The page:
Bob
     
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  16. Douglas Monce

    Douglas Monce Producer

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    A 120 min film even maxed out at 42mbps constant bit rate (variable bit rate is most common) would only take up about 37 gigs, leaving plenty of room for extra features on a 50 gig disc. Now 42 mbps is massive over kill for the vast majority of visual material, and about 20 mbps is the realistic top end where the BD copy becomes transparent to the HD master. At that rate, even peeking at 42 mbps, a 2 hour movie is only going to use up about 19 gigs.
    Buck Privates, being in black and white and pillerboxed is probably more than sufficient at 15 mbps with a peek of 35. At 85 min, I'd doubt if the whole movie would take up more than 10 or 15 gigs.
    Doug
     
  17. Robert Harris

    Robert Harris Archivist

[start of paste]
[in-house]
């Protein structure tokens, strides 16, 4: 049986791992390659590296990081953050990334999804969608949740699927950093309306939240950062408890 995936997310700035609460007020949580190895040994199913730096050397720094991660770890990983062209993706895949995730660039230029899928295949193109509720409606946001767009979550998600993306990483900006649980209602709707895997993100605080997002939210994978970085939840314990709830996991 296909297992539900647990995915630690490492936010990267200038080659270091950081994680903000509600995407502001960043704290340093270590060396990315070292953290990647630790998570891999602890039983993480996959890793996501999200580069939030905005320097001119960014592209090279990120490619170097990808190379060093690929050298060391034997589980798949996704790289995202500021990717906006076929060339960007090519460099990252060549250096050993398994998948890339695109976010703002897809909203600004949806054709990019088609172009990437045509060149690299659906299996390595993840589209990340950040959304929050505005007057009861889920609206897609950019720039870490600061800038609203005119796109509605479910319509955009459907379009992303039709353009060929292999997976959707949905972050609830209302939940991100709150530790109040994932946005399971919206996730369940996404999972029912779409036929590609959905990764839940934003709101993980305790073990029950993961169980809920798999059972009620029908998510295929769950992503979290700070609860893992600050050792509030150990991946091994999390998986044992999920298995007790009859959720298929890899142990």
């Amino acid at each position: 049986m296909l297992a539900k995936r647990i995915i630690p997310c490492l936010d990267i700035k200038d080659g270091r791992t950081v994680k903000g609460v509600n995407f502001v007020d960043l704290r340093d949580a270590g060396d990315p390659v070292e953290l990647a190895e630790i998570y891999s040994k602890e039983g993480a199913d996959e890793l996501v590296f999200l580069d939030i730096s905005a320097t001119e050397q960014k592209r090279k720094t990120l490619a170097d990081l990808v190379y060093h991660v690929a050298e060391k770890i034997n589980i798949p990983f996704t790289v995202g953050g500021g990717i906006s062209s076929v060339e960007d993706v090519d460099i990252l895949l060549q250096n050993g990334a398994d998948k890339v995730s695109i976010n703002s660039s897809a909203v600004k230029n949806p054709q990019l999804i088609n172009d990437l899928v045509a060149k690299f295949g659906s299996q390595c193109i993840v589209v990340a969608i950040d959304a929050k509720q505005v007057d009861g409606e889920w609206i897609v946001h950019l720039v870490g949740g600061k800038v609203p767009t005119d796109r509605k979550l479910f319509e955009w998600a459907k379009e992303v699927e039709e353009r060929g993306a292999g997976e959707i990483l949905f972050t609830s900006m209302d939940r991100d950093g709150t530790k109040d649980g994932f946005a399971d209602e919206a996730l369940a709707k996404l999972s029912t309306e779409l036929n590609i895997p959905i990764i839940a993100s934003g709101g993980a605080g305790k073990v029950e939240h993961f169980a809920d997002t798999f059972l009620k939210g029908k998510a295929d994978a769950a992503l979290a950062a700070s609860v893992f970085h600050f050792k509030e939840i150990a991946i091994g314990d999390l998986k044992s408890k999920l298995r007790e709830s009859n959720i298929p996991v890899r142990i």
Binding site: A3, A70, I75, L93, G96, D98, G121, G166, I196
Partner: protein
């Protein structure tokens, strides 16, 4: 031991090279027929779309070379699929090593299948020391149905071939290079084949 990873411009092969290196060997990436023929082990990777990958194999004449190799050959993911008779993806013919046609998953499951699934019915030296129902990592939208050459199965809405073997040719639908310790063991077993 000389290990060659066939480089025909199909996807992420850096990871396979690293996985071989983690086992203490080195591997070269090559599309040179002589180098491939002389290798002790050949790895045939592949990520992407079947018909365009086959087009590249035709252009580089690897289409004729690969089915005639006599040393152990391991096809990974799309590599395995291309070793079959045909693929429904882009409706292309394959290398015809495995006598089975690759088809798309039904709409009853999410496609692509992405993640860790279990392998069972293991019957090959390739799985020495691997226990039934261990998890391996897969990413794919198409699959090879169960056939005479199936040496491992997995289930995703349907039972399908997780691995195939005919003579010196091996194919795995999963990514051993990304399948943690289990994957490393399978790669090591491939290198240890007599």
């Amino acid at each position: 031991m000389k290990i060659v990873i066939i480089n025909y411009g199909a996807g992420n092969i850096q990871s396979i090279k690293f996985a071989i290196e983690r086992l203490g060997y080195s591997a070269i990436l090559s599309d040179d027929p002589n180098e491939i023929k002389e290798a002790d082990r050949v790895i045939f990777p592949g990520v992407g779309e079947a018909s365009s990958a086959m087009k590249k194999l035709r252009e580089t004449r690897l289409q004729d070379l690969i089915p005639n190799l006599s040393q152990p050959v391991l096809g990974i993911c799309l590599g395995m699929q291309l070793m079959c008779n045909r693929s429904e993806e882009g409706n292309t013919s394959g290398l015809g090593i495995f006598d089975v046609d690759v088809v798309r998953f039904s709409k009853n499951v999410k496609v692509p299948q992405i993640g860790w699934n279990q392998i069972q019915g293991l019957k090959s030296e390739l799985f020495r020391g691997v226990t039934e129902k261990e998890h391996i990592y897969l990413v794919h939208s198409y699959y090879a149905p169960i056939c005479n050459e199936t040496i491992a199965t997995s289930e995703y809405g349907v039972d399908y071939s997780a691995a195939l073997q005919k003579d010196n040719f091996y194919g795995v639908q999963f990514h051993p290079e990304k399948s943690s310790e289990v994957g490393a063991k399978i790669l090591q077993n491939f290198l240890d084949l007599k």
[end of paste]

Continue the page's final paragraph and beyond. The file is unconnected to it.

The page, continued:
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    It's nice, if Universal is using 50 as a standard. While I presume things in the production arena have changed, one had to get in line to access the 50 production line, and if you missed your slot...

    RAH
     
  18. Johnny Angell

    Johnny Angell Played With Dinosaurs Member

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    So they saved no money by not including the commentary. It makes no sense at all. Thank you for your answer.
     
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  19. Charles Smith

    Charles Smith Extremely Talented Member
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    Is the 15-disc "chest" still the all-around set to own, all things considered?
     
  20. Mark Walker

    Mark Walker Cinematographer
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    I went back and listened to the commentary last night and it is a shame it was not ported over to the BD.
    You did a great job providing lots of great information while keeping it interesting.
    Its lack of inclusion on the BD just makes it appear that they did not extend any effort to review possible supplements for this BD.
    I am so very glad I bought the chest DVD complete set!